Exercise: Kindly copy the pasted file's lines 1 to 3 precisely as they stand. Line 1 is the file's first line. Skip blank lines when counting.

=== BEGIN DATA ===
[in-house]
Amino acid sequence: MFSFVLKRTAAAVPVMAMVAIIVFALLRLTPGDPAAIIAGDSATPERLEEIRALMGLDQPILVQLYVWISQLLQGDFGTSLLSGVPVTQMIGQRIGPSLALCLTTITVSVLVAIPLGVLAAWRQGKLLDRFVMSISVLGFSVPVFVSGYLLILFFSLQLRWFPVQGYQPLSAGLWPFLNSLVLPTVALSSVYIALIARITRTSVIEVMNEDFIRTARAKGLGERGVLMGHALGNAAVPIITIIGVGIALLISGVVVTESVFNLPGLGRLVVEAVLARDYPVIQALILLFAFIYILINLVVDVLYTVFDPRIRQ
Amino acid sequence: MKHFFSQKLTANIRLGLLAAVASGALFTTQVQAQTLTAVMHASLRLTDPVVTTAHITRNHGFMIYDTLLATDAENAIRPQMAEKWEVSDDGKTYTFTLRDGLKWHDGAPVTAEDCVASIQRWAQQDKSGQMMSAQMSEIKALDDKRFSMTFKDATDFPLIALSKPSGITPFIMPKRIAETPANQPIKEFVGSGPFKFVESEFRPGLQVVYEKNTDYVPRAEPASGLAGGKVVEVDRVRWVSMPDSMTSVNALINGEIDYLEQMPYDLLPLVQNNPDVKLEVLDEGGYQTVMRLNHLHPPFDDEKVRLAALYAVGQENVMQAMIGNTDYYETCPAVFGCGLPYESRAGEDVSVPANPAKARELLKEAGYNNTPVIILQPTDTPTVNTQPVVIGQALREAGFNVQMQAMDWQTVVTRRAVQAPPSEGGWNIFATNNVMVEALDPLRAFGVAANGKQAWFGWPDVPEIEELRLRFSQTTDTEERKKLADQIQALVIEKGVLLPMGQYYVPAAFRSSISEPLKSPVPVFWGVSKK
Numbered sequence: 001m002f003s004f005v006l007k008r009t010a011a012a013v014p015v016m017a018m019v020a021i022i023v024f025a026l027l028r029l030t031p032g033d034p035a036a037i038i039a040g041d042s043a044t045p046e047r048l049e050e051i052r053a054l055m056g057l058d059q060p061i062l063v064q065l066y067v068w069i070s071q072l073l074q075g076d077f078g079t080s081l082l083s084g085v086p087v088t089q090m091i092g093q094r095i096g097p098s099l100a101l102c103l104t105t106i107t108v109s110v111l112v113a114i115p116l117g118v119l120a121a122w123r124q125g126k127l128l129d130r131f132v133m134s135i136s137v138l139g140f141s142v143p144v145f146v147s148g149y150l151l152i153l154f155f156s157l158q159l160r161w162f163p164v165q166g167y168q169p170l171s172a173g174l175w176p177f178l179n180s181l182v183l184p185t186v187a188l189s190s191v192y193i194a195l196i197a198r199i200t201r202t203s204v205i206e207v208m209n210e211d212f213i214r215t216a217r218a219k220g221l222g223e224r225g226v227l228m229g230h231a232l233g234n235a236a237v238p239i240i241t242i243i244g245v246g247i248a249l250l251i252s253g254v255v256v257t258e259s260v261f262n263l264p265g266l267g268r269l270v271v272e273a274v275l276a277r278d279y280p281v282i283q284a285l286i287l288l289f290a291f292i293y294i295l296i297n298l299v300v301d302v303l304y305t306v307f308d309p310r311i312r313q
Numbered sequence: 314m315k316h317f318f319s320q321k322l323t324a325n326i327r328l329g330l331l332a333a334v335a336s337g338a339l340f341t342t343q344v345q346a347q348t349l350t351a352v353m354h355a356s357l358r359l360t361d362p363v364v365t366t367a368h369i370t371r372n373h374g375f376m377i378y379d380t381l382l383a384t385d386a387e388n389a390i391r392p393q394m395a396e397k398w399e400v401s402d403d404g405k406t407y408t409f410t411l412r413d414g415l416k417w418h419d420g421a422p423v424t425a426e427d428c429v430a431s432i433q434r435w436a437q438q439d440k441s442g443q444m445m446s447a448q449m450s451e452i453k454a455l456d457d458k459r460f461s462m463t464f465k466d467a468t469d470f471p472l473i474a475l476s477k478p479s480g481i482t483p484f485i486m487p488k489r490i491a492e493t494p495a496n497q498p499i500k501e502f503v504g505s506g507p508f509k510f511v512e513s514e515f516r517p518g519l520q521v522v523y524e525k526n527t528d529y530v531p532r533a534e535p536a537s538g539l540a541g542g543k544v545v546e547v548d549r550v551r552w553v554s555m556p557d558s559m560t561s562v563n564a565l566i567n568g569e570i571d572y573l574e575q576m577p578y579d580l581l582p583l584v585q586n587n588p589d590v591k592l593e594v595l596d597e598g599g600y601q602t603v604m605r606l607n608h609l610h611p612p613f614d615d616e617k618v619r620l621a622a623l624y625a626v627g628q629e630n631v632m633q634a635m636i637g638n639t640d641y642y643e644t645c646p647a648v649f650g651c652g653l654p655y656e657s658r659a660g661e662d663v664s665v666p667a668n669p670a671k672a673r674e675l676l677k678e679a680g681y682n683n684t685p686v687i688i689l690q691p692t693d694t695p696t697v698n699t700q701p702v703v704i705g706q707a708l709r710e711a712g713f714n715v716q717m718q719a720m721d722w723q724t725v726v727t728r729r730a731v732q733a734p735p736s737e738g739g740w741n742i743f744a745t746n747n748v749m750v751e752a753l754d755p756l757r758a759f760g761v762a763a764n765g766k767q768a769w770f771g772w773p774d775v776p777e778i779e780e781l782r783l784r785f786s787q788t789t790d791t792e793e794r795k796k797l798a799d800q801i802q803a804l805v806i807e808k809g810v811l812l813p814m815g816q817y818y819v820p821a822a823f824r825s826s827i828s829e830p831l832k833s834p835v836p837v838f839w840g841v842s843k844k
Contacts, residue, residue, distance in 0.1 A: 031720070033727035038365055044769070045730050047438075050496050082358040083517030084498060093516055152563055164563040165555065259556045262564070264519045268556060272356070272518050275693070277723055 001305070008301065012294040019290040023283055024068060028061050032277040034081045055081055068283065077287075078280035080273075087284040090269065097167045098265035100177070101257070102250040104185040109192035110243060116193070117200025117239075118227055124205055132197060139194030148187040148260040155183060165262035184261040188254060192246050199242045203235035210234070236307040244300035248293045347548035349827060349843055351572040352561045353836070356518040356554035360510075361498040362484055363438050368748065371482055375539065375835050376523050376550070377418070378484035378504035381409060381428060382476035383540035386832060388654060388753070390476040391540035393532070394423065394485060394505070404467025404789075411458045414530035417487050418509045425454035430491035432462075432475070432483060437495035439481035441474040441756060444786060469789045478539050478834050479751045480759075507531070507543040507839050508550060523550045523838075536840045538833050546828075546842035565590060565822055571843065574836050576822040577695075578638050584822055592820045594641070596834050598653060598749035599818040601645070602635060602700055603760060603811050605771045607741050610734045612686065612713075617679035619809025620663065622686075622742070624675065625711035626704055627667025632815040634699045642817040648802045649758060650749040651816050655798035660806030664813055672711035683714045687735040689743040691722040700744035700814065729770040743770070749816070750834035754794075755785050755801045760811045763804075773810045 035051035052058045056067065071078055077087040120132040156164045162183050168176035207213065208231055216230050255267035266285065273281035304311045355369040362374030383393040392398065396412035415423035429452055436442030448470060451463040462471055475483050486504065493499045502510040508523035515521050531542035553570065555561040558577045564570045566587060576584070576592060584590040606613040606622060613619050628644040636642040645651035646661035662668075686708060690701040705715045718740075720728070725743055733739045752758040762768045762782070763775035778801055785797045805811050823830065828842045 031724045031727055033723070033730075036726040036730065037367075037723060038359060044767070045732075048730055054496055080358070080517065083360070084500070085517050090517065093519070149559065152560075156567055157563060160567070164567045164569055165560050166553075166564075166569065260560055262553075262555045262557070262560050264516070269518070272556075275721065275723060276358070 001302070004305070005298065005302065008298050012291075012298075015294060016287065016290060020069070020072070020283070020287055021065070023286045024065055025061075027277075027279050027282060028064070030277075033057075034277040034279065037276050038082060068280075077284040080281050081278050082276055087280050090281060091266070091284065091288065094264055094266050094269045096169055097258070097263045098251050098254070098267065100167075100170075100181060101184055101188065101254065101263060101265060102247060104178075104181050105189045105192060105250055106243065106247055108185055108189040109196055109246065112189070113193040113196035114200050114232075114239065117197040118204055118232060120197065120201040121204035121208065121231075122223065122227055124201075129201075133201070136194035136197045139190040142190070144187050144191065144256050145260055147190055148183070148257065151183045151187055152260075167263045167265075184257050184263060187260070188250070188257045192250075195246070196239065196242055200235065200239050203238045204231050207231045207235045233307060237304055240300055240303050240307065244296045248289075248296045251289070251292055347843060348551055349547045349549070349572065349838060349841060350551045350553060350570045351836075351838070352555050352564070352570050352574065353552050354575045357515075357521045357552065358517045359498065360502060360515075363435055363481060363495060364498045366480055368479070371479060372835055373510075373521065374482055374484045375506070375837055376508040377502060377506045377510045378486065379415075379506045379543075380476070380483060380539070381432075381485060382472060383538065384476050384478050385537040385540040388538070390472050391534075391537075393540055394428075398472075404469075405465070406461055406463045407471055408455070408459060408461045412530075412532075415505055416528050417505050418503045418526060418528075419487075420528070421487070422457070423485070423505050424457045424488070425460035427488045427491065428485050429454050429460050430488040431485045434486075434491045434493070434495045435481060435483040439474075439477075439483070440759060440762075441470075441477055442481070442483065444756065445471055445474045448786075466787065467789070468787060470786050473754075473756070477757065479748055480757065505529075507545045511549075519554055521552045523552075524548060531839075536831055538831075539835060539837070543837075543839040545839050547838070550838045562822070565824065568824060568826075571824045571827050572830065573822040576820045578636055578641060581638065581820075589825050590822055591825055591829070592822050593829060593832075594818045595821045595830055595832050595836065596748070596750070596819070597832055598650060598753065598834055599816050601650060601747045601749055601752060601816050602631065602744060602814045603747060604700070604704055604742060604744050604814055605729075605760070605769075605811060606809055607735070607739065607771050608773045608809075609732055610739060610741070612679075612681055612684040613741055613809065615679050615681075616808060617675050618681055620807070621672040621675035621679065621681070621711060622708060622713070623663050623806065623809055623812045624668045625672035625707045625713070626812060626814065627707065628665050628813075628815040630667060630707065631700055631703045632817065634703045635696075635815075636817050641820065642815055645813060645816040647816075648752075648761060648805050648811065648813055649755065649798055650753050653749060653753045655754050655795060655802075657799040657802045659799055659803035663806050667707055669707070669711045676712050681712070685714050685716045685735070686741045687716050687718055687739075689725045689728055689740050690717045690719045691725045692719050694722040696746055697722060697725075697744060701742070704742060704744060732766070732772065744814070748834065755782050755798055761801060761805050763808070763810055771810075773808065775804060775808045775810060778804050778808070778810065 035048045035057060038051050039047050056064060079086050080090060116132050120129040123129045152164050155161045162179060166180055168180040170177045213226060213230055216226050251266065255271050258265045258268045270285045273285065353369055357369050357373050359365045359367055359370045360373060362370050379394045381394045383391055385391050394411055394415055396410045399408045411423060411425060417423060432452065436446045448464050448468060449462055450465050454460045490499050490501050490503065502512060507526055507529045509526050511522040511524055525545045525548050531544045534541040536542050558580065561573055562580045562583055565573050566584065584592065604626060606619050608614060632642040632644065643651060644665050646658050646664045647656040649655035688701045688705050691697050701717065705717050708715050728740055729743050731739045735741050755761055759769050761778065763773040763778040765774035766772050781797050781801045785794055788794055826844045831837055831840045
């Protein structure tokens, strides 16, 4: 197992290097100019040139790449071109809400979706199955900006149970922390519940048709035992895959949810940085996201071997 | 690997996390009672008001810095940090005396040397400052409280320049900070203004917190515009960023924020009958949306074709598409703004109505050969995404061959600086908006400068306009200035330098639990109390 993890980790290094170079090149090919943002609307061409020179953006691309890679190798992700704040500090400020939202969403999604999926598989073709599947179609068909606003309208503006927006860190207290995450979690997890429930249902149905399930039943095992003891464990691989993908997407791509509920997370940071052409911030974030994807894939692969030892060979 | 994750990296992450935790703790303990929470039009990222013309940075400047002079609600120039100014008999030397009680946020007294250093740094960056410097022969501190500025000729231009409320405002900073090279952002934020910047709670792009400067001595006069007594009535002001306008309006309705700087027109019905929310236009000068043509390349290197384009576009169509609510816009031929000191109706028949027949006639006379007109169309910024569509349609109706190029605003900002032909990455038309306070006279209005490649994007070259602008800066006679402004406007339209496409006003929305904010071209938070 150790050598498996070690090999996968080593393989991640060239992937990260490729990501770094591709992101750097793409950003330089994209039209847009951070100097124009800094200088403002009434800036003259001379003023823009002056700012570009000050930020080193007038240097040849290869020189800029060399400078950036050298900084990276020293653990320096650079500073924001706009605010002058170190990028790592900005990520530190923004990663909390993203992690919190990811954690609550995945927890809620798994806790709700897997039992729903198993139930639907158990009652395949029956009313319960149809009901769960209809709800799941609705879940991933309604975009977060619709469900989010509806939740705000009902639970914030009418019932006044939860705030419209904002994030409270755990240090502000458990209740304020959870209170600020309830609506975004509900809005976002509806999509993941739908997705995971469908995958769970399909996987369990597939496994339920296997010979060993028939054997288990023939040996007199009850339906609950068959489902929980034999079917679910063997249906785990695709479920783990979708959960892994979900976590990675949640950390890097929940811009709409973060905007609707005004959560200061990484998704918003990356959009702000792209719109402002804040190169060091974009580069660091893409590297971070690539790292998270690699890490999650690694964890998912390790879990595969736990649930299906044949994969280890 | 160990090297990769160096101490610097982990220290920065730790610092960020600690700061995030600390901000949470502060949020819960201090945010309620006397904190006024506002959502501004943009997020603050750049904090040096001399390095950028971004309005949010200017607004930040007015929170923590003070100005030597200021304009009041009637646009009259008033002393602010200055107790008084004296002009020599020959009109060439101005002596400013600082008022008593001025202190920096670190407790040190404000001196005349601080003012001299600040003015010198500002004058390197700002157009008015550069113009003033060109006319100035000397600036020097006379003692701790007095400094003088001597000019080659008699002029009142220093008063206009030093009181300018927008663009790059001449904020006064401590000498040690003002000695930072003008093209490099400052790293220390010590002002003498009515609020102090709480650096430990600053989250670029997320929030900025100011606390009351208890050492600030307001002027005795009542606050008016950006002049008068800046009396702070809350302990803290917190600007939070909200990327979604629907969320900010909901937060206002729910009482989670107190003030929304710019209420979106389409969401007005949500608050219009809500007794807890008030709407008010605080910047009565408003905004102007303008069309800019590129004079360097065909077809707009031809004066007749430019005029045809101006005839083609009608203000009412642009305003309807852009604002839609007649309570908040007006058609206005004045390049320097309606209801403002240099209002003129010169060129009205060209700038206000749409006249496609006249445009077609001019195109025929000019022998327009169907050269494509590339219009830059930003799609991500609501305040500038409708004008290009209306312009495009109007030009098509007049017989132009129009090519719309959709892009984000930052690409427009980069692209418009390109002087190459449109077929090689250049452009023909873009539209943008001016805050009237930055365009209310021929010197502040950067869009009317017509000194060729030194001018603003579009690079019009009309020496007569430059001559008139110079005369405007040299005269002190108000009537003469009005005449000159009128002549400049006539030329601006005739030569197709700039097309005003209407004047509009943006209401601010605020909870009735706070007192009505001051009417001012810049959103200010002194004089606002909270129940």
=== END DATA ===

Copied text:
[in-house]
Amino acid sequence: MFSFVLKRTAAAVPVMAMVAIIVFALLRLTPGDPAAIIAGDSATPERLEEIRALMGLDQPILVQLYVWISQLLQGDFGTSLLSGVPVTQMIGQRIGPSLALCLTTITVSVLVAIPLGVLAAWRQGKLLDRFVMSISVLGFSVPVFVSGYLLILFFSLQLRWFPVQGYQPLSAGLWPFLNSLVLPTVALSSVYIALIARITRTSVIEVMNEDFIRTARAKGLGERGVLMGHALGNAAVPIITIIGVGIALLISGVVVTESVFNLPGLGRLVVEAVLARDYPVIQALILLFAFIYILINLVVDVLYTVFDPRIRQ
Amino acid sequence: MKHFFSQKLTANIRLGLLAAVASGALFTTQVQAQTLTAVMHASLRLTDPVVTTAHITRNHGFMIYDTLLATDAENAIRPQMAEKWEVSDDGKTYTFTLRDGLKWHDGAPVTAEDCVASIQRWAQQDKSGQMMSAQMSEIKALDDKRFSMTFKDATDFPLIALSKPSGITPFIMPKRIAETPANQPIKEFVGSGPFKFVESEFRPGLQVVYEKNTDYVPRAEPASGLAGGKVVEVDRVRWVSMPDSMTSVNALINGEIDYLEQMPYDLLPLVQNNPDVKLEVLDEGGYQTVMRLNHLHPPFDDEKVRLAALYAVGQENVMQAMIGNTDYYETCPAVFGCGLPYESRAGEDVSVPANPAKARELLKEAGYNNTPVIILQPTDTPTVNTQPVVIGQALREAGFNVQMQAMDWQTVVTRRAVQAPPSEGGWNIFATNNVMVEALDPLRAFGVAANGKQAWFGWPDVPEIEELRLRFSQTTDTEERKKLADQIQALVIEKGVLLPMGQYYVPAAFRSSISEPLKSPVPVFWGVSKK